I grab and grope to re­gain it, my fo­cus solely on keep­ing us straight. Ahead of me Matt is bent over fum­bling to find the rope that re­tracts our keel. A loud metal­lic clang tells me he has suc­ceeded, just as an­other wave rocks us dan­ger­ously over. Wa­ter pours in. We both leap to the high side of the boat, lever­ag­ing our body­weight to bal­ance our way­ward steed.

“This is it! We’re go­ing all the way on this one” I yell as a wave hoists our stern high into the air. Thrust for­ward, we rocket ahead, our date with des­tiny only sec­onds away.

Lis­ten­ing closely to the ter­ri­ble noises em­a­nat­ing from be­neath us we wait for the sound that tells us we are done for. But it doesn’t come. The bar is mostly sand. I of­fer up a hur­ried thank you to who­ever lis­tened to my si­lent prayers.

With an omi­nous vi­o­lence the rud­der runs aground and kicks up into the air. I am no longer in con­trol. A heart­beat later the hull smashes against the bot­tom.

Matt turns and stares at me with im­plor­ing eyes. His body poised to ex­plode into a leap over­board and put emer­gency ac­tions into play. I ges­ture him to wait and turn around. Grab­bing the air­borne rud­der in my gloved hands I sink it as far back into the wa­ter as it will go. With­out steer­age we will quickly be turned broad­side and rolled over. Icy wa­ter in­stantly fills my glove, re­mind­ing me again it’s all or noth­ing up here. We are on our own. Any res­cue will come look­ing for bod­ies, not sur­vivors.

Just two weeks prior to de­par­ture we dis­cov­ered our boat’s hull hadn’t been re-en­forced as ar­ranged with the man­u­fac­turer. Al­ready feel­ing com­mit­ted we elected to make quick re­pairs and carry on. As we scrape and screech our way over the bar, solid land still many miles away, I am ques­tion­ing the san­ity of that de­ci­sion.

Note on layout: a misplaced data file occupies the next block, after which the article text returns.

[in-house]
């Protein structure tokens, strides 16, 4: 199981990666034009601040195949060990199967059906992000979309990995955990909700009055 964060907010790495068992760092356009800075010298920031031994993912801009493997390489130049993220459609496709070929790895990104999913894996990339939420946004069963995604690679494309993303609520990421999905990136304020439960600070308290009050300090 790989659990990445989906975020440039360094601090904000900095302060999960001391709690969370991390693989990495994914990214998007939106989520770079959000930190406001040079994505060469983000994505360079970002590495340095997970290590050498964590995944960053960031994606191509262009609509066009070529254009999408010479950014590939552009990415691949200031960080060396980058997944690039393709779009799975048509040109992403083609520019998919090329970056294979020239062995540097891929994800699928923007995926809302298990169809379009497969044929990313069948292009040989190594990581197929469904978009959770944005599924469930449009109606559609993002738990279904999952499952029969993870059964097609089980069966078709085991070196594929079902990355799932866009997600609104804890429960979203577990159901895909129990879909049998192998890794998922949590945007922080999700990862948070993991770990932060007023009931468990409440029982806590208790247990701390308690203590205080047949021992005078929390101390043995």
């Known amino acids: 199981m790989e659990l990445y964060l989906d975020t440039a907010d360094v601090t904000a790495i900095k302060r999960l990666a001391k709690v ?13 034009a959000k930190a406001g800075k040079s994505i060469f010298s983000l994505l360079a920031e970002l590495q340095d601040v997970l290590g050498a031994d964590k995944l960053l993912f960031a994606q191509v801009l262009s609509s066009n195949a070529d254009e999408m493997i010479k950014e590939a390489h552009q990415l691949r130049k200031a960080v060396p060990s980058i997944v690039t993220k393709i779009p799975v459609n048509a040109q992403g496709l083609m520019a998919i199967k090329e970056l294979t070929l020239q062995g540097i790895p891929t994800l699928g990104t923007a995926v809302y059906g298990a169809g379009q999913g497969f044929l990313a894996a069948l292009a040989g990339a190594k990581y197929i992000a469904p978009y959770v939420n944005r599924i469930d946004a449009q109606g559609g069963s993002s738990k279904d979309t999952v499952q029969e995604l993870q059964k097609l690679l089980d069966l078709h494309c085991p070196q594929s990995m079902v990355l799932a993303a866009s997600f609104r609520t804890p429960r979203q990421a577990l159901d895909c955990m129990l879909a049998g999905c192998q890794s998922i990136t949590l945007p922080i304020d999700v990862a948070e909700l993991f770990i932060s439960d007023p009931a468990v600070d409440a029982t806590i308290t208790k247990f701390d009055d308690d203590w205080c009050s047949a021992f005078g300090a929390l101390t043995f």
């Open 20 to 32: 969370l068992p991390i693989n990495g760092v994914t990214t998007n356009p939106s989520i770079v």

Wave after wave si­mul­ta­ne­ously swamps the back of the boat, and surges us for­ward. A rooster tail of sand bil­lows be­hind in our wake. Yet with ev­ery inch gained for­ward the waves lose some of their men­ace. A half dozen more shunts by pass­ing waves and we will slip off the back of the bar and into deeper wa­ter. Glo­ri­ously deep, al­most wave­less, wa­ter.

Just as quickly as it was on us, the bar is be­hind us. We sit stunned, our crum­pled main­sail snap­ping testily over­head. The wind con­tin­ues to howl but the waves, now less than a foot, slap im­po­tently against us. Half frozen, hun­gry, and hopped up on adrenalin we needed shel­ter, pronto. Proper shel­ter, the kind only dry land can pro­vide.

We also need a place to lick our wounds, to re­group, to re­assess. We need time to dip deep, very deep, into the well within and find the con­fi­dence to con­tinue. Shrunken and shriv­elled, but still alive, as the mu­tual un­der­stand­ing that back­ing down from this chal­lenge now will haunt us too much. Some dreams are ok to let go of, but this isn’t one of them. Some­how we must find what we need to carry on.”

Carry on they did. 1,200 nau­ti­cal miles, 41 days, and two amaz­ing beards later Cam Webb and Matt Mcfadyen hauled their small boat ashore for the last time, short of their goal, but full of ad­ven­tures.